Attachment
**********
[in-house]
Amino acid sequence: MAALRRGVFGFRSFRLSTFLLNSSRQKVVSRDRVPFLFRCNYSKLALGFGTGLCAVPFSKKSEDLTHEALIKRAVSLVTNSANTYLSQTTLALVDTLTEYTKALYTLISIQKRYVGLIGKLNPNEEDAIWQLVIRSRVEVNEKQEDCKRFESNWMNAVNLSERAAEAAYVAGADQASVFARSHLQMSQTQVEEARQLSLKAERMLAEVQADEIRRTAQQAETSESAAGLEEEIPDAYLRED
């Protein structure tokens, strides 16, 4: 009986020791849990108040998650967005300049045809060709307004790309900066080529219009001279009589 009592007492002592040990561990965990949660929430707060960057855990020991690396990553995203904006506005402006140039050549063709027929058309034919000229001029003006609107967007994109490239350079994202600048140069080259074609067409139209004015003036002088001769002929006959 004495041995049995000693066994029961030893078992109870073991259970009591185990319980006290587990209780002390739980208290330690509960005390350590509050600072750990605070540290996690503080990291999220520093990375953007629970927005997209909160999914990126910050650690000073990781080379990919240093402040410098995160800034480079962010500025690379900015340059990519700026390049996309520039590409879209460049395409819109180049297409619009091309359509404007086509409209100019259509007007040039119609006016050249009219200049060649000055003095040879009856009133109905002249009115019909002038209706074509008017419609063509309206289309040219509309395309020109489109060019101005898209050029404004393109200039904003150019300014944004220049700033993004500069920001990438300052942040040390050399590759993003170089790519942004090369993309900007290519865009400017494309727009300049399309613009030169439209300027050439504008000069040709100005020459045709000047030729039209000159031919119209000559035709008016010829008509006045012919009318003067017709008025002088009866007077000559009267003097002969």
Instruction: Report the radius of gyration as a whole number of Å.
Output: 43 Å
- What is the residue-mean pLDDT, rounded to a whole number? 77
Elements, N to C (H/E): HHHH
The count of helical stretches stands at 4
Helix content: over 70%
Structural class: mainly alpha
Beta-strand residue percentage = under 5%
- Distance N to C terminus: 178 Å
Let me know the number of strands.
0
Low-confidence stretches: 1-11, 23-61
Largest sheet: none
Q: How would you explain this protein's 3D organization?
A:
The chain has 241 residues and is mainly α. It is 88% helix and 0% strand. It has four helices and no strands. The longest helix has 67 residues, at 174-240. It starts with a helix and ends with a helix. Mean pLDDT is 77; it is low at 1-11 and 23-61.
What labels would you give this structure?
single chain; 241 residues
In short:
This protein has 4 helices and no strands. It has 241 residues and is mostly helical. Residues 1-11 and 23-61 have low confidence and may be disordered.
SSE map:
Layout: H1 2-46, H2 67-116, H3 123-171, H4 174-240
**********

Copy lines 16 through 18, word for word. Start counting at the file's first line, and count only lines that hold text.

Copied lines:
Largest sheet: none
Q: How would you explain this protein's 3D organization?
A: